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Tax Shelters and Passive Losses after the Tax Reform Act of 1986

In: Empirical Foundations of Household Taxation

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  • Andrew A. Samwick

Abstract

The precipitous decline in tax sheltered investments after the Tax Reform Act of 1986 (TRA) is widely attributed to the passive loss rules. These rules disallowed losses from activities in which the taxpayer did not materially participate as a current deduction against all sources of income except for other passive activities. This paper demonstrates instead that the role of the passive loss limitations was secondary to that of other reforms enacted by TRA, most importantly the repeal of the investment tax credit and the long-term capital gain exclusion. These other reforms not only lowered after-tax rates of return on tax sheltered investments but also eliminated the positive correlation between the investor's marginal tax rate and the investment's after-tax rate of return. As a result, high income taxpayers ceased to be the natural clientele for legitimate tax shelters after TRA. The passive loss rules were more effective in curtailing the use of 'abusive' tax shelters; however, it is shown that a more narrowly focused restriction on seller financing of tax sheltered investments could have accomplished the same goal with much less scope for discouraging productive economic investments.

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This chapter was published in:

  • Martin Feldstein & James M. Poterba, 1996. "Empirical Foundations of Household Taxation," NBER Books, National Bureau of Economic Research, Inc, number feld96-1, October.
    This item is provided by National Bureau of Economic Research, Inc in its series NBER Chapters with number 6241.

    Handle: RePEc:nbr:nberch:6241

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    1. Harvey S. Rosen, 1987. "The Marriage Tax is Down But Not Out," NBER Working Papers 2231, National Bureau of Economic Research, Inc.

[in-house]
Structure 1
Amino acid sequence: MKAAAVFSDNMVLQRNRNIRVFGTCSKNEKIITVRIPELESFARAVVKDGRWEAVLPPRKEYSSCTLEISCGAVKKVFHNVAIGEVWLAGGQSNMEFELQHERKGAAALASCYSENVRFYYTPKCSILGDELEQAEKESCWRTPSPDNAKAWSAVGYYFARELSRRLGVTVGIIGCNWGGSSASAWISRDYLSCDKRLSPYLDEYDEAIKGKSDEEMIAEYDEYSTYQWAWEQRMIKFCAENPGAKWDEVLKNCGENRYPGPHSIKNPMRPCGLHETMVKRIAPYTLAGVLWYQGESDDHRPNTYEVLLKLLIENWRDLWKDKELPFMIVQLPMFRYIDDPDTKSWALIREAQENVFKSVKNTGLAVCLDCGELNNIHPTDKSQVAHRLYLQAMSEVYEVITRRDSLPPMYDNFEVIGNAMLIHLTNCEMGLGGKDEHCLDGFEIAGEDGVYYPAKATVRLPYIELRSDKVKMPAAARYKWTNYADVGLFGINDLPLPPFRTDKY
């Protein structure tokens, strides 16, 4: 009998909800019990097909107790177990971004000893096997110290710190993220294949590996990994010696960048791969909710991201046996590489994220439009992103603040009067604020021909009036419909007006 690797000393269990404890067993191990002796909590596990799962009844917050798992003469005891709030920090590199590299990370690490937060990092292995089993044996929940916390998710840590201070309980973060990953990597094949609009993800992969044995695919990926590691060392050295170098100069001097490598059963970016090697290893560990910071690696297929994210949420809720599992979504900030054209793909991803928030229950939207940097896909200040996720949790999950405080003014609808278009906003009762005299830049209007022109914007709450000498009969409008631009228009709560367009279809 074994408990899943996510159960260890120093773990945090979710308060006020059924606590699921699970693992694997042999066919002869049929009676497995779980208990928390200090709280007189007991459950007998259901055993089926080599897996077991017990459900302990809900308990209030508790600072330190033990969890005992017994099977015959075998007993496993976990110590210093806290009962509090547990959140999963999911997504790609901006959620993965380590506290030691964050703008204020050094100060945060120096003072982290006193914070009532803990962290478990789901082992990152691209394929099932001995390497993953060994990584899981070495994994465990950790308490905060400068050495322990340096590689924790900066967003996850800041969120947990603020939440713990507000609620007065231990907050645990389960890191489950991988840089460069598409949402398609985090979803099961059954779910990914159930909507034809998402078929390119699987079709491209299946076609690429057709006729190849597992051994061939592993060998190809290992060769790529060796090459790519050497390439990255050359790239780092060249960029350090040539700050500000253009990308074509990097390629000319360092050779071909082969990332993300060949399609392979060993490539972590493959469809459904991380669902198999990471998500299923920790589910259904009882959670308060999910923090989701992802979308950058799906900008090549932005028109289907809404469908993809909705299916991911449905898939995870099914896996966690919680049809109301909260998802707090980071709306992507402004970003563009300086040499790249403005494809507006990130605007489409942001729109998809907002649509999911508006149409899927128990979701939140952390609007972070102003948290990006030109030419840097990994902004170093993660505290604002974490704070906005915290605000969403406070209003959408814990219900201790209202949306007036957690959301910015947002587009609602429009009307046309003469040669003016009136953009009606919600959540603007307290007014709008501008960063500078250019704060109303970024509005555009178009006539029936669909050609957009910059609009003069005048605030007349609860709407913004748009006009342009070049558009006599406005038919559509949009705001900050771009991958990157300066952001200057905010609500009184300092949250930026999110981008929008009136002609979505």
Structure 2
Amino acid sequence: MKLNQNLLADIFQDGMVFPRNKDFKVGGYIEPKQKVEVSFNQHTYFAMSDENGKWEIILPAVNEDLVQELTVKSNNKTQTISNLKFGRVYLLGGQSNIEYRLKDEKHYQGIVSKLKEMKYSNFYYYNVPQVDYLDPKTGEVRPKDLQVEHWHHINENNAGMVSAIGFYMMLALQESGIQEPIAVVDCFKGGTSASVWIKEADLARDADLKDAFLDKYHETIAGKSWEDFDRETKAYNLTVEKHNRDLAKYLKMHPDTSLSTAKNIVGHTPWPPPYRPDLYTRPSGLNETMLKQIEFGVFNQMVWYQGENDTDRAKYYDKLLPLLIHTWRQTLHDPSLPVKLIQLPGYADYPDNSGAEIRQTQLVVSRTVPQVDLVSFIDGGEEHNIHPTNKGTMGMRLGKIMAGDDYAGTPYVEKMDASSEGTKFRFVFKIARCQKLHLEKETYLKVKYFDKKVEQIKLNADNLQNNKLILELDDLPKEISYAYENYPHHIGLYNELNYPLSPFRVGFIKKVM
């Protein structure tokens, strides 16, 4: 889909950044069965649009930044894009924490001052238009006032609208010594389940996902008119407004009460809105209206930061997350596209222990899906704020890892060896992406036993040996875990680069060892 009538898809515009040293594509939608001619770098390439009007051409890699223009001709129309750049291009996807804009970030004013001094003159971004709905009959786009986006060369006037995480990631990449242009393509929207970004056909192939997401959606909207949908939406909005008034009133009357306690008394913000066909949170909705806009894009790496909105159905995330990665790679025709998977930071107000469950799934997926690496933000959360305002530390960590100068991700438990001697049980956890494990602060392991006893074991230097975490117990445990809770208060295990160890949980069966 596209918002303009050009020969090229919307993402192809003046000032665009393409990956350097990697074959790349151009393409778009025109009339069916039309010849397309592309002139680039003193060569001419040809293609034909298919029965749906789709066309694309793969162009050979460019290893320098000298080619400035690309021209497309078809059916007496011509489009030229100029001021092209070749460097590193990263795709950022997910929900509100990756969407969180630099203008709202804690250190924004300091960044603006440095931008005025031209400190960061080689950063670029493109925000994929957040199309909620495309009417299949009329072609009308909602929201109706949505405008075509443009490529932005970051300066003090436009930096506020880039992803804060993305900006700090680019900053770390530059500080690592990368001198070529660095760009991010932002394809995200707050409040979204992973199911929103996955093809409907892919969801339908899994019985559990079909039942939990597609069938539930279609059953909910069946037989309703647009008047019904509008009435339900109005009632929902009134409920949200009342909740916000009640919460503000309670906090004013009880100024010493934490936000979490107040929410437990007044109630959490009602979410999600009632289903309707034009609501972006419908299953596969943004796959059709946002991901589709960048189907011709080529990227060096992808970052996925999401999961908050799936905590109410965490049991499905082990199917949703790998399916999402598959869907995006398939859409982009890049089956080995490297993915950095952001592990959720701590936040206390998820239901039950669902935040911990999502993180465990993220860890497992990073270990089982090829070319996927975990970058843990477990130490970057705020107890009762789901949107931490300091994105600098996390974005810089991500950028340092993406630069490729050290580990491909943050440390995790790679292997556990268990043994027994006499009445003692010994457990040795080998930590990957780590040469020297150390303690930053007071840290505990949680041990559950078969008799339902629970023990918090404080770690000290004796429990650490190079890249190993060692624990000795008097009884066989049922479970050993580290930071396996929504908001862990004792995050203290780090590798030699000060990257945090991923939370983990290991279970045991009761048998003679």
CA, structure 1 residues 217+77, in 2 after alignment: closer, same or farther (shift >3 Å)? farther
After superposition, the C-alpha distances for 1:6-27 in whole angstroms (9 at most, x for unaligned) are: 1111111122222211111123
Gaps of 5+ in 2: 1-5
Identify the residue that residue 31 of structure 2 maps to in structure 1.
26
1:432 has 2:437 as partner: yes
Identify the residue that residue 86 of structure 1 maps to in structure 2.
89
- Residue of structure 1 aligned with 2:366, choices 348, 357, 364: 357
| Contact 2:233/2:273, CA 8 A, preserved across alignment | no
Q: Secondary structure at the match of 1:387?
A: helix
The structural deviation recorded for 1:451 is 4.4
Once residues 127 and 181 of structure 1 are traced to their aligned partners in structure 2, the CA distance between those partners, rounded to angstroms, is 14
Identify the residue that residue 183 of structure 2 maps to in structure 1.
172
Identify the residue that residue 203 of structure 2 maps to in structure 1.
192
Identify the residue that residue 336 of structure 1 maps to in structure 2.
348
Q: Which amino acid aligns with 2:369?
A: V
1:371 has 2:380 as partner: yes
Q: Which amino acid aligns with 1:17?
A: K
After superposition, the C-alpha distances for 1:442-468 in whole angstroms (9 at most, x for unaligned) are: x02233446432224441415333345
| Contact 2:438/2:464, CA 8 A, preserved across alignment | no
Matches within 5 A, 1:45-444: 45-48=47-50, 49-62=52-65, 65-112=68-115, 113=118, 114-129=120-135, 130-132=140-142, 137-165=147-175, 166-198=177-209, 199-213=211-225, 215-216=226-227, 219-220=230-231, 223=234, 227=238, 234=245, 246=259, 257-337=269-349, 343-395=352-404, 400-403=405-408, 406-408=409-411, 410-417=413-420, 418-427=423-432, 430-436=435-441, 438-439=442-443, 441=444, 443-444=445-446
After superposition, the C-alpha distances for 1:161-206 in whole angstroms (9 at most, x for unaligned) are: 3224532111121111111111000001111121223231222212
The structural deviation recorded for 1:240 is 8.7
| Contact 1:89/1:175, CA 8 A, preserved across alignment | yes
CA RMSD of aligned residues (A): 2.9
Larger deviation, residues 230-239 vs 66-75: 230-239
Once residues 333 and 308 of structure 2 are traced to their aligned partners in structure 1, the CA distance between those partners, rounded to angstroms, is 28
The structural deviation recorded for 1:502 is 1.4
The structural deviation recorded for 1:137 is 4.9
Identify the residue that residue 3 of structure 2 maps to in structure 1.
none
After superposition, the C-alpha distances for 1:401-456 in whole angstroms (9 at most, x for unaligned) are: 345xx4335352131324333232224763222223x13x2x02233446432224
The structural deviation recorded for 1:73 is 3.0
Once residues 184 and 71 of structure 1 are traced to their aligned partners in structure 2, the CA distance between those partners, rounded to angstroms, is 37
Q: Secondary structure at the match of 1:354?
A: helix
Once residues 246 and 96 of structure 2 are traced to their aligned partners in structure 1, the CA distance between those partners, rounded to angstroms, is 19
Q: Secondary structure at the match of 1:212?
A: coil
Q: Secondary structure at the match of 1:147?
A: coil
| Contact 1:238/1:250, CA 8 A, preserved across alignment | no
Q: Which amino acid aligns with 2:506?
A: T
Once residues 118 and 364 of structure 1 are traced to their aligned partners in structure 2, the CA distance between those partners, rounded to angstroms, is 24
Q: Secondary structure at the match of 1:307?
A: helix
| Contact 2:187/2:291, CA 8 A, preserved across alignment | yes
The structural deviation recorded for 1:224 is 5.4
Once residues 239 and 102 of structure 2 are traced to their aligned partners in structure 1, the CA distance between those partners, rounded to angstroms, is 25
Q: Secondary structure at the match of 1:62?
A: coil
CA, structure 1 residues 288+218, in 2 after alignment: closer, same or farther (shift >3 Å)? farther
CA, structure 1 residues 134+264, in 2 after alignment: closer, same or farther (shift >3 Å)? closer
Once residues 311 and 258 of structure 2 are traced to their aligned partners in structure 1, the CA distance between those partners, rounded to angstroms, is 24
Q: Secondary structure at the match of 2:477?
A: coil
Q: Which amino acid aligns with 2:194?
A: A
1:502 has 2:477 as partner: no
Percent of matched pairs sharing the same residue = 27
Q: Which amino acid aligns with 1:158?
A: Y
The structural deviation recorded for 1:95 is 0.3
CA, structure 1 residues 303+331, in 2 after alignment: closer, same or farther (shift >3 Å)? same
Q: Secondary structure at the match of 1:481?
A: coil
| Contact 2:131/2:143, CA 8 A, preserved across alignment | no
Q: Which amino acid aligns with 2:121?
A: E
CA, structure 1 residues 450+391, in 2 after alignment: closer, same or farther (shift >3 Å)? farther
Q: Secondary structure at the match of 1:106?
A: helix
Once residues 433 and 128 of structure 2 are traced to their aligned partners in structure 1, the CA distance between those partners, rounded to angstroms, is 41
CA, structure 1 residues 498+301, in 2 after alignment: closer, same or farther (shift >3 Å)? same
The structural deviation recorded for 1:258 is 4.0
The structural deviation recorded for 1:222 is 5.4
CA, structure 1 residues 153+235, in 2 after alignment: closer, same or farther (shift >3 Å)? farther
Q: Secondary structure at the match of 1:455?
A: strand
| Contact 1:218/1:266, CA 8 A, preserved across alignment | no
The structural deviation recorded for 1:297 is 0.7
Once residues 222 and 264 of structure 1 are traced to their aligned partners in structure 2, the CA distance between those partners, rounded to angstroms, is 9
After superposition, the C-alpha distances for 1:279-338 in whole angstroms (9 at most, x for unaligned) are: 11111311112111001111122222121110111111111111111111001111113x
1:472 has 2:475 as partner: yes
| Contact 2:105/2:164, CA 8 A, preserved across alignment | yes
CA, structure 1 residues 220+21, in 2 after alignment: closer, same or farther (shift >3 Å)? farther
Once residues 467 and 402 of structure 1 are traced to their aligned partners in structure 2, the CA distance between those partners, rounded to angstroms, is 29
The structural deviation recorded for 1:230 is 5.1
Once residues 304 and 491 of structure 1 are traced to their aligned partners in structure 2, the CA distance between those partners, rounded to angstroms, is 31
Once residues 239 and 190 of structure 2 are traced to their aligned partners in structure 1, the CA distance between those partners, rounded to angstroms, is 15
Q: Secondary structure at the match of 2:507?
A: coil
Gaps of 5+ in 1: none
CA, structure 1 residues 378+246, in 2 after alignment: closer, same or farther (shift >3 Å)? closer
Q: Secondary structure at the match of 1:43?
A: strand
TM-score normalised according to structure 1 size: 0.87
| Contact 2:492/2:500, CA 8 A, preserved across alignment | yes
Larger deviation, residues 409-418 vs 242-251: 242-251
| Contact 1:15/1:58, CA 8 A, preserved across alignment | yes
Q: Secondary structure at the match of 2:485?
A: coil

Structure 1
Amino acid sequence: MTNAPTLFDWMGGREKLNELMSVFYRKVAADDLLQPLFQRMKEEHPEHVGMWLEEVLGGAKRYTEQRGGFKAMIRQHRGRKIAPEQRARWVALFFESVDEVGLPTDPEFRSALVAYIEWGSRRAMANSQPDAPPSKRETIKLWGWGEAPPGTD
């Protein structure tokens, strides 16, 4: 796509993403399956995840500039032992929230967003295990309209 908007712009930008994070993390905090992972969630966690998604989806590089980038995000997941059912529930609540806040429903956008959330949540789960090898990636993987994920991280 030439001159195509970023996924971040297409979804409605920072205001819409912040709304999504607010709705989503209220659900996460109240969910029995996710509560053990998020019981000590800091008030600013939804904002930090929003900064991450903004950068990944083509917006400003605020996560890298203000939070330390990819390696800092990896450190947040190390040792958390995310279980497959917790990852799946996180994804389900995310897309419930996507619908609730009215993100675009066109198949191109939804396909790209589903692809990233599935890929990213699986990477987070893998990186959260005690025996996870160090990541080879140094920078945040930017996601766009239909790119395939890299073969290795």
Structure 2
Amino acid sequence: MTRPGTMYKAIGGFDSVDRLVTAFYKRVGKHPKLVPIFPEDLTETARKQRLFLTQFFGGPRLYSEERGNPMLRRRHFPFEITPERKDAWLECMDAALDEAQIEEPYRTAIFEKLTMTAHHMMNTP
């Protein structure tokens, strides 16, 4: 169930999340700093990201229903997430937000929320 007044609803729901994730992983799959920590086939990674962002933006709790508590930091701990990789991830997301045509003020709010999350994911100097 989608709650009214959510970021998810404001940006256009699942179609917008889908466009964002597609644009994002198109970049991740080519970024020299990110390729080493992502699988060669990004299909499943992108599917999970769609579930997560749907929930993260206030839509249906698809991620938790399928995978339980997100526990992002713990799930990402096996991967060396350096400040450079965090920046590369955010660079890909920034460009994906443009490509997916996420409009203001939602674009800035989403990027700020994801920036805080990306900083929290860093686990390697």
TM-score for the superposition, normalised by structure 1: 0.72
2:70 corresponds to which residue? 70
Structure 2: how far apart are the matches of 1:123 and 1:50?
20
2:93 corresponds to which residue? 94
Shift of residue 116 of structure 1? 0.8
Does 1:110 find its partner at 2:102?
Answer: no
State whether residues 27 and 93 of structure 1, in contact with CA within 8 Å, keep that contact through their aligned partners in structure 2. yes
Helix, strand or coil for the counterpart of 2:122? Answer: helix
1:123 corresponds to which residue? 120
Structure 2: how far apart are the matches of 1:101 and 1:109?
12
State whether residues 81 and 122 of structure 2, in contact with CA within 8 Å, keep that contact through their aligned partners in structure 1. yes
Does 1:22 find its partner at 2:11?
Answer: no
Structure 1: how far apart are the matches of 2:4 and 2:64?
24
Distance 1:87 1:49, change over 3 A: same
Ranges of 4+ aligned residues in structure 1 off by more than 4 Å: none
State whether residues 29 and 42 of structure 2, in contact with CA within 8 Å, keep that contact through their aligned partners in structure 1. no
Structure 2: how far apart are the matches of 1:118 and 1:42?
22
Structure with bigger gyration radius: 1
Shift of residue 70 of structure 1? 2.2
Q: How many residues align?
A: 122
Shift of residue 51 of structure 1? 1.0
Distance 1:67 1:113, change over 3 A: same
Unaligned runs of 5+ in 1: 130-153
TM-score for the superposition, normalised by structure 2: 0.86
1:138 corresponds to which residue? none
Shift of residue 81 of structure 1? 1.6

2. Gentry, William M., 1994. "Taxes, financial decisions and organizational form : Evidence from publicly traded partnerships," Journal of Public Economics, Elsevier, vol. 53(2), pages 223-244, February.
    3. Daniel Feenberg & Elisabeth Coutts, 1993. "An introduction to the TAXSIM model," Journal of Policy Analysis and Management, John Wiley & Sons, Ltd., vol. 12(1), pages 189-194.
    4. Daniel R. Feenberg & James M. Poterba, 1993. "Income Inequality and the Incomes of Very High-Income Taxpayers: Evidence from Tax Returns," NBER Chapters, in: Tax Policy and the Economy, Volume 7, pages 145-177 National Bureau of Economic Research, Inc.
    5. Feldstein, Martin S & Taylor, Amy, 1976. "The Income Tax and Charitable Contributions," Econometrica, Econometric Society, vol. 44(6), pages 1201-22, November.
    6. Pechman, Joseph A, 1987. "Tax Reform: Theory and Practice," Journal of Economic Perspectives, American Economic Association, vol. 1(1), pages 11-28, Summer.
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    Cited by:
    1. James M. Poterba & Andrew Samwick, 2001. "Household Portfolio Allocation over the Life Cycle," NBER Chapters, in: Aging Issues in the United States and Japan, pages 65-104 National Bureau of Economic Research, Inc.
    2. Joel Slemrod, 1995. "High-Income Families and the Tax Changes of the 1980s: The Anatomy of Behavioral Response," NBER Working Papers 5218, National Bureau of Economic Research, Inc.

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